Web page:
Location: Tick and Biting Fly ResearchTitle: High resolution predictive mapping of Rhipicephalus microplus and R. annulatus in south Texas after vaccination with the anti-tick vaccine Gavac) Author
Submitted to: Agricultural Research International Conference Proceedings
Publication Type: Abstract only
Publication Acceptance Date: 7/23/2010
Publication Date: 8/23/2010
Citation: Estrada-Pena, A., Miller, R., Perez De Leon, A.A. 2010. High resolution predictive mapping of Rhipicephalus microplus and R. annulatus in south Texas after vaccination with the anti-tick vaccine Gavac [abstract]. Agricultural Research International Conference Proceedings. 1:298. Interpretive Summary: The Cattle Fever Tick Eradication Program (CFTEP) has successfully prevented the permanent re-introduction of the cattle fever tick (CFT) into the U.S since 1943. Eradication is maintained through continuous, systematic inspection of cattle within the quarantine zone for ticks. The detection of one tick initiates biweekly acaricide dips of all cattle every 7-14 days. Because the current CFT eradication strategy is based primarily on the use of acaricides, the integrity of the CFTEP is vulnerable to the development of acaricide resistance in the CFT. In this study we used computer modeling of tick habitat and cattle density to predict the usefulness of an anti-tick vaccine within the CFTEP. The modeling results predicted that a control of 95% of the cattle tick would eradicate, whereas control of 60-80% of the southern cattle tick would drastically reduce the numbers of ticks present, but would not eradicate. The impact of this work is that computer modeling predicts that the use of anti-tick vaccines within the CFTEP will eradicate cattle ticks (present in the northern part of the eradication zone) and will greatly decrease the habitat suitability for the southern cattle tick (present in the southern part of the eradication zone).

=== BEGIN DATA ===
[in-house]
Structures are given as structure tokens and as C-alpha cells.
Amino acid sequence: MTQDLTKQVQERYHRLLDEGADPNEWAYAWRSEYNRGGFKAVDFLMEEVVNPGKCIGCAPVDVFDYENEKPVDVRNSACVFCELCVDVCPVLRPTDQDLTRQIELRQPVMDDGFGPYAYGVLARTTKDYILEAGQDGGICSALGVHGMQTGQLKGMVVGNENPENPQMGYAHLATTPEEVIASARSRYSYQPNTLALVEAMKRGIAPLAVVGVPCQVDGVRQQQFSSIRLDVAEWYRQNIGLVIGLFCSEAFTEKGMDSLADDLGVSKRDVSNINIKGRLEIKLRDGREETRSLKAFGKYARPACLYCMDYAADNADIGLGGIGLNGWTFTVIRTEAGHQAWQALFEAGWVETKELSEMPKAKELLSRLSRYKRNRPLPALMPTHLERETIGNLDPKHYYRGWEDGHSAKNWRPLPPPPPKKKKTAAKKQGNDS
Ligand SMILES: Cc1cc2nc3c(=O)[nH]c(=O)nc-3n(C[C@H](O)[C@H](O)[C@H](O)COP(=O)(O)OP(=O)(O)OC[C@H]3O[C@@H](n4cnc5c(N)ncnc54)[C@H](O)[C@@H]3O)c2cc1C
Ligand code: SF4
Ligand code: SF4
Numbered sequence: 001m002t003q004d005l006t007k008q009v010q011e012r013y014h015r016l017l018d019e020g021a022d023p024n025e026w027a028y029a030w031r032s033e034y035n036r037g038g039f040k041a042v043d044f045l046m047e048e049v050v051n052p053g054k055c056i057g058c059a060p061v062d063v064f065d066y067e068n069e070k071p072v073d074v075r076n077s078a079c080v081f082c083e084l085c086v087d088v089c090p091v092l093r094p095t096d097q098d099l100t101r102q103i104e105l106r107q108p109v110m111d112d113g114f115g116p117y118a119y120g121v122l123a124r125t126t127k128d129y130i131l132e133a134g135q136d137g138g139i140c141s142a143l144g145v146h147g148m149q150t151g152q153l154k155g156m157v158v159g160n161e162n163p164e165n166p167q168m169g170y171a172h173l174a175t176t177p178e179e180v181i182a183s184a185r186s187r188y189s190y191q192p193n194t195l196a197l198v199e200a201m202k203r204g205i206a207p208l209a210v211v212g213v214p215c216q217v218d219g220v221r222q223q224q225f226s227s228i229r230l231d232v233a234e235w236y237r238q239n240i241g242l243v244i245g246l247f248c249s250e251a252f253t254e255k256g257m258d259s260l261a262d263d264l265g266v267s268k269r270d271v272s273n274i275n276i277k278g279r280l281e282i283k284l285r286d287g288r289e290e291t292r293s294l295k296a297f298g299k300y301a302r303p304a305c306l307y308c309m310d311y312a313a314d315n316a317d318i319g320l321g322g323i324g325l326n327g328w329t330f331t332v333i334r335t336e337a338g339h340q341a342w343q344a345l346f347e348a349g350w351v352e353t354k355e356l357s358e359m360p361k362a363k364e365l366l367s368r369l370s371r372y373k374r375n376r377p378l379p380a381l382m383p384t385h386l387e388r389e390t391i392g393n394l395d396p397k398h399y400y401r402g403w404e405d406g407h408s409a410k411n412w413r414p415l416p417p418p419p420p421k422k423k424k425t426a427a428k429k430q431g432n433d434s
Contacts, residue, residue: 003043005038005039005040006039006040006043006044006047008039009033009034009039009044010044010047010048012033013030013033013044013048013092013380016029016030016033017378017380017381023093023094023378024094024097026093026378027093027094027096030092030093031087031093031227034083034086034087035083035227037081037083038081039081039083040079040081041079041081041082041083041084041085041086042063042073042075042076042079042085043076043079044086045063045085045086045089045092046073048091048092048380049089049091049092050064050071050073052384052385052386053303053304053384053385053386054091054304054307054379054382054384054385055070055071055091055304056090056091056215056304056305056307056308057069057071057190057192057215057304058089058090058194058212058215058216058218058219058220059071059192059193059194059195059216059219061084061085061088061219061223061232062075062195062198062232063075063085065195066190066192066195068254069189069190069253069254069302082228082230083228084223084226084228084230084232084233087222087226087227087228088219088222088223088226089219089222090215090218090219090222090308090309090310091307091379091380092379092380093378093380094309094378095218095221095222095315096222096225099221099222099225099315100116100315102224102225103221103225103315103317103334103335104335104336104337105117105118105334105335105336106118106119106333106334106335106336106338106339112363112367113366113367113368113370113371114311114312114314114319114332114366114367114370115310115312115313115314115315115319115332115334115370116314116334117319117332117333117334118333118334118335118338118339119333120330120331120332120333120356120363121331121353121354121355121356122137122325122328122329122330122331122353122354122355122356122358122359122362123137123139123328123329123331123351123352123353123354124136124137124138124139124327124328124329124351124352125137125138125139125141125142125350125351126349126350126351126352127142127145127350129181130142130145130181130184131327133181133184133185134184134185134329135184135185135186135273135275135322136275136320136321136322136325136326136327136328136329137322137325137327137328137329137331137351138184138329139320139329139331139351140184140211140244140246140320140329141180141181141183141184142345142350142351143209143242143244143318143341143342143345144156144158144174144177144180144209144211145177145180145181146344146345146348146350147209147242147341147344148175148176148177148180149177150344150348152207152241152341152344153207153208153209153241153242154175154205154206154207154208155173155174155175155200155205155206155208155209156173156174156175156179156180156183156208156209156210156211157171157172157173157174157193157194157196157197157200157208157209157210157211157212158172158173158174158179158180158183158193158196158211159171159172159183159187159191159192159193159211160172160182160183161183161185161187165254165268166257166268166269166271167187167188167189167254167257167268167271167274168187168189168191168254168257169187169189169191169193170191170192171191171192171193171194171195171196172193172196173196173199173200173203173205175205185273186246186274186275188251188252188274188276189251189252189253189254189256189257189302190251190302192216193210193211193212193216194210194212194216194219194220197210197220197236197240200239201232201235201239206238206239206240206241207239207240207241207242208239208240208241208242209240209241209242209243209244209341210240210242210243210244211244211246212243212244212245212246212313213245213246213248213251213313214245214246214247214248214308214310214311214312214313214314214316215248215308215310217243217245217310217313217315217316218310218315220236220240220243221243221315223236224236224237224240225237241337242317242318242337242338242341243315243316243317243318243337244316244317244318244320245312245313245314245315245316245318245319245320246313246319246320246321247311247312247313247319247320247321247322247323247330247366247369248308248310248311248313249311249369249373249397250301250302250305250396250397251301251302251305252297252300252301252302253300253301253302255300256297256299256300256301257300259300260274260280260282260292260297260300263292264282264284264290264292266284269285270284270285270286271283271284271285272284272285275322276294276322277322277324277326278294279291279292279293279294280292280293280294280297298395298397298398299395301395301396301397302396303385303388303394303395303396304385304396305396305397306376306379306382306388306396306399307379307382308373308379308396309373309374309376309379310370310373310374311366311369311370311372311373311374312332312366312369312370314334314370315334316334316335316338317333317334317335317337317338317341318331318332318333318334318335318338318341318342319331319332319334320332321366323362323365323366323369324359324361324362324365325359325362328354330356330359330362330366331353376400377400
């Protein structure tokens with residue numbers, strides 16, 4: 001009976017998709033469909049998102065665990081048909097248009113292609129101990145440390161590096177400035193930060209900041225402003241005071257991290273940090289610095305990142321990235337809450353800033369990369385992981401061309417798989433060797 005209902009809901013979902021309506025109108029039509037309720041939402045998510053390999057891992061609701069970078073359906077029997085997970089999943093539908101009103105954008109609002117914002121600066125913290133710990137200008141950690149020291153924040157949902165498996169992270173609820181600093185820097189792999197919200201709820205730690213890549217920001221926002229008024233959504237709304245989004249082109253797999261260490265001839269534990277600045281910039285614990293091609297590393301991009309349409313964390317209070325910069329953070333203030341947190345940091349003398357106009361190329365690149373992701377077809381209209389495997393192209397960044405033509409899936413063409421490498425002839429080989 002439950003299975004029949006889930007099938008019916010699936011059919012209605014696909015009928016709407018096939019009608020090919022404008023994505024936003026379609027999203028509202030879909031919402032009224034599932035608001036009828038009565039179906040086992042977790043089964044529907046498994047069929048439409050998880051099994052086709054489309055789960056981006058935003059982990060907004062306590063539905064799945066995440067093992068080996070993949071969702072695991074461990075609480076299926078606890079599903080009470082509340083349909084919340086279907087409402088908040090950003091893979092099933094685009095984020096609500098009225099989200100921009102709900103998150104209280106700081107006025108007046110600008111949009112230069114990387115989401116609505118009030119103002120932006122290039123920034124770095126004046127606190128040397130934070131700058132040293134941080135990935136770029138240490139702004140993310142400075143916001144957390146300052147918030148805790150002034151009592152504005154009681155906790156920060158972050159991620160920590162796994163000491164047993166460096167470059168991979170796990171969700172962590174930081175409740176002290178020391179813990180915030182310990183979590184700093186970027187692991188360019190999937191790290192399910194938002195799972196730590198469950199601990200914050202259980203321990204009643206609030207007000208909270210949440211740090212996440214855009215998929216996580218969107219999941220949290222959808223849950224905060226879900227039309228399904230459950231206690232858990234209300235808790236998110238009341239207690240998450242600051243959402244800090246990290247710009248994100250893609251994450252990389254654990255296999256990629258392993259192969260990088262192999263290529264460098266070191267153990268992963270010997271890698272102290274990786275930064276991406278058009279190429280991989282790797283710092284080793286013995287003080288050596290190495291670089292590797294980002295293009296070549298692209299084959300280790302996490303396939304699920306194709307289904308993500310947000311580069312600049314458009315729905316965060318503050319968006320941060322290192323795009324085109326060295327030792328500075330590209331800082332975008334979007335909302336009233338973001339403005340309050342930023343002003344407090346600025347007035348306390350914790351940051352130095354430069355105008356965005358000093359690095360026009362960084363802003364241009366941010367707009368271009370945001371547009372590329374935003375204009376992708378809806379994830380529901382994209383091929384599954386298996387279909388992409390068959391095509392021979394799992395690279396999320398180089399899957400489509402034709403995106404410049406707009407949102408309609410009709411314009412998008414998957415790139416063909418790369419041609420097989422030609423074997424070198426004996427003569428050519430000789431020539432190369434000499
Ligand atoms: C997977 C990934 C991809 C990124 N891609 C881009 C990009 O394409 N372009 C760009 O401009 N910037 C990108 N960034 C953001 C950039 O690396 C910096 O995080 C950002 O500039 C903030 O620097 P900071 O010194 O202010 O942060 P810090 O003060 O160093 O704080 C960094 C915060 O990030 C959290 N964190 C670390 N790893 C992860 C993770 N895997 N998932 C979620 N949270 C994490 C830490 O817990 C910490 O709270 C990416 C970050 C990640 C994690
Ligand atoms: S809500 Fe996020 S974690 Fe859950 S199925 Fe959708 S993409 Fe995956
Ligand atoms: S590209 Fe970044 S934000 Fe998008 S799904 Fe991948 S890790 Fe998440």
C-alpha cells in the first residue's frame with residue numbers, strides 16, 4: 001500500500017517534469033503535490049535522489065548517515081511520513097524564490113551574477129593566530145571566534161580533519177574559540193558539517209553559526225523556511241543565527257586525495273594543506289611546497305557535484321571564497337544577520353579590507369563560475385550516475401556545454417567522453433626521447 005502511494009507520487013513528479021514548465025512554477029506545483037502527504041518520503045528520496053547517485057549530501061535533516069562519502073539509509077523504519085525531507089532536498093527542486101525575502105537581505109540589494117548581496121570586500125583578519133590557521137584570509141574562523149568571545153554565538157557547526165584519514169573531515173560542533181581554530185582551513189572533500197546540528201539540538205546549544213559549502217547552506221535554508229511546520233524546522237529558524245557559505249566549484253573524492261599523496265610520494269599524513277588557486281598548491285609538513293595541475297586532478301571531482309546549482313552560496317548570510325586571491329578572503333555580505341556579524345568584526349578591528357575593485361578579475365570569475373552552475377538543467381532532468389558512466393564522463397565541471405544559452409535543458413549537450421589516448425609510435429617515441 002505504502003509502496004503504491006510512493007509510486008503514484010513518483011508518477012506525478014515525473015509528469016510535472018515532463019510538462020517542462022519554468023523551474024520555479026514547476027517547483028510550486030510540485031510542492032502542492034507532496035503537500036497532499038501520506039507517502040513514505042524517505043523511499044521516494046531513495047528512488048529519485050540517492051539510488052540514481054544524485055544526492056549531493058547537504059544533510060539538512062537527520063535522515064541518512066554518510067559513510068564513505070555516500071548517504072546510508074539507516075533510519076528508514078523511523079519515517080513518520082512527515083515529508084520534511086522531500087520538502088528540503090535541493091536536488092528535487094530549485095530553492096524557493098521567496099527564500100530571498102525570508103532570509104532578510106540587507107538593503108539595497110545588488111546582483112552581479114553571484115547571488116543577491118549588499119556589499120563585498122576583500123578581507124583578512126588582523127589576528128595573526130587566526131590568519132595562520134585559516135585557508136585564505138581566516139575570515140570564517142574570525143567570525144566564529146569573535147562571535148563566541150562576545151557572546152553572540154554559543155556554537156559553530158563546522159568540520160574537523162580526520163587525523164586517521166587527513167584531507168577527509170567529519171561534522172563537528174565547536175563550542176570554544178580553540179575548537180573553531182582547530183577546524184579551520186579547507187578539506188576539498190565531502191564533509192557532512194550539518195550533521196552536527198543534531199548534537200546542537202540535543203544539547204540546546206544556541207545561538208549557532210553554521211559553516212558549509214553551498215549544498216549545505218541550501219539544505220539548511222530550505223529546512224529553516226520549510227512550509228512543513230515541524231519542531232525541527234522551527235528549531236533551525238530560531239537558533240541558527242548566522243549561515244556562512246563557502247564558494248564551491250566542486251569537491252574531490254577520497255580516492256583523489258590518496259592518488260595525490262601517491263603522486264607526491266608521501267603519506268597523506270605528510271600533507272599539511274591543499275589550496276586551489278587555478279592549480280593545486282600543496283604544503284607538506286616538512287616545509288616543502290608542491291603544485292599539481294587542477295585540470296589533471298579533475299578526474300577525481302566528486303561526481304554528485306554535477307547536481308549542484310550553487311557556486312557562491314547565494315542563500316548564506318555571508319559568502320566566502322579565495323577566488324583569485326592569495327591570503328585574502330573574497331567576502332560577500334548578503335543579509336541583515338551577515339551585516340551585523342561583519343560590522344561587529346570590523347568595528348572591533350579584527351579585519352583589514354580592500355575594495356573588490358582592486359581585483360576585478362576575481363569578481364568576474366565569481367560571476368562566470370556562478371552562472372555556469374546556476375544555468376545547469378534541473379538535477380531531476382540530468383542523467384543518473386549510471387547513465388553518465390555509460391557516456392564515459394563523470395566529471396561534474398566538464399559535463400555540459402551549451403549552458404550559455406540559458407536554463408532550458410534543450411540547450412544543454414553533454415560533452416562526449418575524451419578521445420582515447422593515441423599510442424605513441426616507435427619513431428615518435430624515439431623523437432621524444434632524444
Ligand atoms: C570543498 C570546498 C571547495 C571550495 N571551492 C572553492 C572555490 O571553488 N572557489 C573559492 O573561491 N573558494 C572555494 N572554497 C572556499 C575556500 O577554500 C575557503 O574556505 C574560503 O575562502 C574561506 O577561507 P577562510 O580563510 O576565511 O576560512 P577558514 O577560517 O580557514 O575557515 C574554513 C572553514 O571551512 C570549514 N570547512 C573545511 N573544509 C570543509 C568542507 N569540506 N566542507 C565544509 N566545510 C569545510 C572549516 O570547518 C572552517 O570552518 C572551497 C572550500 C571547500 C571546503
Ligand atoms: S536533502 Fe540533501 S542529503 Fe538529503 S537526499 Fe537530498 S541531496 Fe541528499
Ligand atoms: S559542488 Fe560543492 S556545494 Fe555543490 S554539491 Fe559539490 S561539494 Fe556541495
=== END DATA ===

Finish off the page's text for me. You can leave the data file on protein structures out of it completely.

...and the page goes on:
Technical Abstract: Conventional anti-tick vaccines based on the tick gut antigen Bm86 exist commercially (TickGARD (TM) and Gavac (R)) and could serve as an alternative to the use of acaricides to eradicate ticks, but their level of efficacy against R. microplus is too low for eradication if used alone. Therefore, the current anti-tick vaccine technology would need to be used as part of an integrated eradication program to be beneficial. Using Gavac with ticks found in Cuba and Northern Mexico, control of R. microplus ranges from 60 to 80%. However, for reasons that remain to be fully understood, Gavac is more efficacious against R. annulatus. Recent experiments achieved 99.6 and 100.0% control of R. annulatus infested cattle in two different studies (Canales et al. 2009; Almazan et al. 2010). Interestingly, vaccination in combination with macrocylic lactone (ML) treatment has been shown to be synergistic (Willadsen, personal communication). This is an indication that anti-tick vaccination could be useful in an integrated eradication program. In order to investigate the potential benefit of anti-tick vaccines within south Texas, the effect of tick vaccination on habitat suitability was modeled based on technology developed previously for the prediction of habitat suitability along the Rio Grande/Rio Bravo Valley. Estrada-Pena et al. (2006) used high-resolution satellite imagery to map habitat suitability for both R. annulatus and R. microplus over an area covering parts of southeastern Texas and northeastern Mexico. Results from the computation were compared to actual data on tick outbreaks at the Texas–Mexico border, and it was able to predict with high accuracy areas of high habitat quality and correlate this with actual numbers of outbreak ticks found in Texas. Presently, we used the model, updated with current climate and cattle abundance data, to predict habitat suitability along south Texas border counties, assuming all cattle were vaccinated with Gavac and including control levels previously reported from recent literature. The results of this analysis are discussed.